News - Jeep
Jeep eyes five-year warranty
A decision on five-year warranty for Jeep will be made in the next 12 months
23 Nov 2016
By BYRON MATHIOUDAKIS in Los Angeles
JEEP is expected to increase its new-vehicle warranty from three to five years sometime in the next 12 months, as the embattled brand steps up its drive to improve customer satisfaction and trust.
“I’m hopeful, if it makes sense and it’s something that we decide to pursue, that maybe we will make a decision sometime next year,” according to Steve Zanlunghi, president and CEO of Fiat Chrysler Automobiles Australia.
Extending the warranty will be one of several messages that Jeep wants to convey to assure buyers and owners that the company is working to reverse a slide in customer satisfaction reputation as well as sales, which are down more than 50 per cent year on year.
A new-model onslaught is imminent, from the all-new Compass medium SUV due in the fourth quarter of next year, to the next-generation iterations of its established Wrangler and Cherokee SUVs.
“We are looking at all the different opportunities we have to really build the brand back,” Mr Zanlunghi told Australian journalists at the Los Angeles motor show last week.
“We’re looking at warranty, customer perception obviously, consideration, cost of ownership… we’re looking at ways at how we can implement into this strategy correctly and to have sustained growth, not a flash in the pan.
Left: FCA Australia president and CEO Steve Zanlunghi.
“We have lost significant volume and there are a number of reasons for that.
But for me Australia remains one of our key markets around the world, and I’m convinced not just with our product portfolio with everything we’re trying to do, we are going to regain our position and hopefully grow, but there’s no doubt it’s a tough market for us at the moment.”
One of Jeep’s more untapped opportunities lies with fleet sales – an area that Mr Zanlunghi is very well versed in his last post before arriving in Australia in August was as head of Jeep Brand for Europe, Middle East and Africa, as well as looking after the UK and Irish markets.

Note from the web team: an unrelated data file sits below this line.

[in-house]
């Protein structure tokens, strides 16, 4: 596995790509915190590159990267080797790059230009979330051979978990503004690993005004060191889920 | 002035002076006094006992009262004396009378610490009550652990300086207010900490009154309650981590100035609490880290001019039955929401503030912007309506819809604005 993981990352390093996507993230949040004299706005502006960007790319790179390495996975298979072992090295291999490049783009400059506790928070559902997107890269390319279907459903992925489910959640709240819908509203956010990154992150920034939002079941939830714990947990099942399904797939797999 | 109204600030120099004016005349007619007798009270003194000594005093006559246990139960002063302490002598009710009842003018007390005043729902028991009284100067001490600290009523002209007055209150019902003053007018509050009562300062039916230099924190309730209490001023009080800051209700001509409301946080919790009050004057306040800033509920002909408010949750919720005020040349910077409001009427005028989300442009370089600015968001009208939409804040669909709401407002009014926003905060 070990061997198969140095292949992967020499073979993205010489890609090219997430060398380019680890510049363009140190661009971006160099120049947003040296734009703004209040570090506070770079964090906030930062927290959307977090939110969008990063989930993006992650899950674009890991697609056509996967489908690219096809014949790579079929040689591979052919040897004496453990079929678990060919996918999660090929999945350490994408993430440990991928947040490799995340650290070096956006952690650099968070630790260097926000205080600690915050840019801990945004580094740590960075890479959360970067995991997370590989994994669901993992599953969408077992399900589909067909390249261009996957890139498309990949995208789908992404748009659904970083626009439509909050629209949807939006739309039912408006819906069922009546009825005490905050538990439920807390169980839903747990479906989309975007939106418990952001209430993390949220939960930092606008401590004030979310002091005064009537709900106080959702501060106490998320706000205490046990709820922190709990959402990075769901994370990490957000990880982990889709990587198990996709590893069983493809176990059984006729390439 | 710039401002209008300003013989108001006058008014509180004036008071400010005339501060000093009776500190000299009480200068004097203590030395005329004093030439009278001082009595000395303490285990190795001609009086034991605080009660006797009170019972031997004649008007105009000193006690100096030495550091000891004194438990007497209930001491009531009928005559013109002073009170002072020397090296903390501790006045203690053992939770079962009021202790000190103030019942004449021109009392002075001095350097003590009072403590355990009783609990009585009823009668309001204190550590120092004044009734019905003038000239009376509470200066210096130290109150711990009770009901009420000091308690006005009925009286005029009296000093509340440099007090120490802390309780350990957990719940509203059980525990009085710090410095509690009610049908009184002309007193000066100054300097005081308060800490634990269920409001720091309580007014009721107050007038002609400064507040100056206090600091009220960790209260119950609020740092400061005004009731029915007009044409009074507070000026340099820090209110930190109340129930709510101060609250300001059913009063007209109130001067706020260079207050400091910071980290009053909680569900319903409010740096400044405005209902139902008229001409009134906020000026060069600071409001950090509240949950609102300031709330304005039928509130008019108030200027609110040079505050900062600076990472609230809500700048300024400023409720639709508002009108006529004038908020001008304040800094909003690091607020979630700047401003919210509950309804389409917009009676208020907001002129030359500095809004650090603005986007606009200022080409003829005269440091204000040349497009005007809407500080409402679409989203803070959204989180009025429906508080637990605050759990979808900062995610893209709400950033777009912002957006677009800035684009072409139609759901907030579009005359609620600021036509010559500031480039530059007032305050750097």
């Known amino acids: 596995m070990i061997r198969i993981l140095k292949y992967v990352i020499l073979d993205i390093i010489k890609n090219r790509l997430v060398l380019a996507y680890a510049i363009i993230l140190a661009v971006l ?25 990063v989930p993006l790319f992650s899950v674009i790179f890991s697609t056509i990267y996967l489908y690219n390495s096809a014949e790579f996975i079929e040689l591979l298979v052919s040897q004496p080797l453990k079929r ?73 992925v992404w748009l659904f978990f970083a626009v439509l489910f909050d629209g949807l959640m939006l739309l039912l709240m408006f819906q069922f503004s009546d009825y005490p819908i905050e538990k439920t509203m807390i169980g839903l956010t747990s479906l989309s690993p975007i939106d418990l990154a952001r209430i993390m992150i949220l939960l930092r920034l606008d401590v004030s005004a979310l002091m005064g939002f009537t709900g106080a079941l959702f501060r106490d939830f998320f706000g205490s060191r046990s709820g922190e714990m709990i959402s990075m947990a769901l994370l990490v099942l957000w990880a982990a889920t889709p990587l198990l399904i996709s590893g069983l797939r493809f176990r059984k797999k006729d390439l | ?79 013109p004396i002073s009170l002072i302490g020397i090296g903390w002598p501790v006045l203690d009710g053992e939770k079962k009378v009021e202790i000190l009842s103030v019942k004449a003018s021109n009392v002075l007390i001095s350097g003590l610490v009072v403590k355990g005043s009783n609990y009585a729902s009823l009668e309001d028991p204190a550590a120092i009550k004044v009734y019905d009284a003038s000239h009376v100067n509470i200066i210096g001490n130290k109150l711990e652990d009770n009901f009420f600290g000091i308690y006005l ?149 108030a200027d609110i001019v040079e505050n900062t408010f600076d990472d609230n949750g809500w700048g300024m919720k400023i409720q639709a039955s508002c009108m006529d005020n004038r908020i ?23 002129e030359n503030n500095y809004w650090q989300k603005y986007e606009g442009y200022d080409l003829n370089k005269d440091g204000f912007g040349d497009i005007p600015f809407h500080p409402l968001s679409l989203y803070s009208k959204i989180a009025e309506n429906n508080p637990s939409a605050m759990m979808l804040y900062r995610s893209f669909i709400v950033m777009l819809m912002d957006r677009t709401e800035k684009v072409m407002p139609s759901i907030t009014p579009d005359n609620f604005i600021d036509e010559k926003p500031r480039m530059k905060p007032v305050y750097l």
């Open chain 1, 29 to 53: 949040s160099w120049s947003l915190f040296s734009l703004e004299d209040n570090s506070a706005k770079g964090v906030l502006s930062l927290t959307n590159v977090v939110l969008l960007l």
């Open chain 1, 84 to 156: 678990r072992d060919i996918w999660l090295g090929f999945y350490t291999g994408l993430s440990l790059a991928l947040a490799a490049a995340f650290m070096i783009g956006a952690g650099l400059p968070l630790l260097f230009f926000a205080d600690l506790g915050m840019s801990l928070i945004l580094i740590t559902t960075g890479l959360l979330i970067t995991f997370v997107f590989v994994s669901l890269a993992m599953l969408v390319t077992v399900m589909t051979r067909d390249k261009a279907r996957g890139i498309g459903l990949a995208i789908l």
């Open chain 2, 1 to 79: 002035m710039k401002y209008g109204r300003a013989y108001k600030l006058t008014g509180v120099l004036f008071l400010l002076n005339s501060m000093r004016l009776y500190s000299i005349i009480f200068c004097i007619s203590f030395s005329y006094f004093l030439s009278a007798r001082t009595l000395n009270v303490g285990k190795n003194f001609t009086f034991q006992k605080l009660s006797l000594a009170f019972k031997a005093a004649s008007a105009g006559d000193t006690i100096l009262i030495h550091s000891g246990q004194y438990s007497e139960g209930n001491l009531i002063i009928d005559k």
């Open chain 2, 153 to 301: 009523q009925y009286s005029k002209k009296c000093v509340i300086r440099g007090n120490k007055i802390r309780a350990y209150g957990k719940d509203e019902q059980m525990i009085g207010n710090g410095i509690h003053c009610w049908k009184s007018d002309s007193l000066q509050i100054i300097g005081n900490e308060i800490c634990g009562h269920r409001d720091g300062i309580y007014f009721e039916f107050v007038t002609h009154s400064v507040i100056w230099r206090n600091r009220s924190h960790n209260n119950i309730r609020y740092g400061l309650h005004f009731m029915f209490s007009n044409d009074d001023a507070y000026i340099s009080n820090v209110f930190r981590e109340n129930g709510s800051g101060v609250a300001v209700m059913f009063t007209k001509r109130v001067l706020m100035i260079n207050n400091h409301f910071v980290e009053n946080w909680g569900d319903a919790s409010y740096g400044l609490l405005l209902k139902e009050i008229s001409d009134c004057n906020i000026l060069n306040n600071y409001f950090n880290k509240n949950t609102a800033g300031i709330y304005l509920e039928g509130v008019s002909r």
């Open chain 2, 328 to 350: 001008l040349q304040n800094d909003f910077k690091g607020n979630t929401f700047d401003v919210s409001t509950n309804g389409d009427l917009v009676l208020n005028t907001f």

“I think one of the areas that we can expand on in Australia is the fleet segment,” he said. “Right now we’re playing mostly in retail only, so I think there’s opportunity there.
“But in order to be competitive, and I learned this in the UK, because in the UK 53 per cent of the market is fleet, so it held more weight than retail. So in order to be competitive there, you have to have good cost of ownership, and there are certain things you can do there to reduce your cost of ownership, and we’re looking at a whole host of things.”
Backing up Mr Zanlunghi’s comments was global head of the Jeep brand, Mike Manley, adding that it should only be a matter of time before the public catch on to the hard work Jeep has already put in to improve the customer service experience in Australia.
“Perception is lagging behind reality,” he believes. “I can tell you that Steve is already in discussions with me about five-year warranty. And not necessarily because of the struggles that we’ve got… but I also think that genuinely, our brand, our vehicles, with all the right building blocks and all of the things that we do around our brand, well, they deserve to be more successful, and we’re determined to make that happen.”
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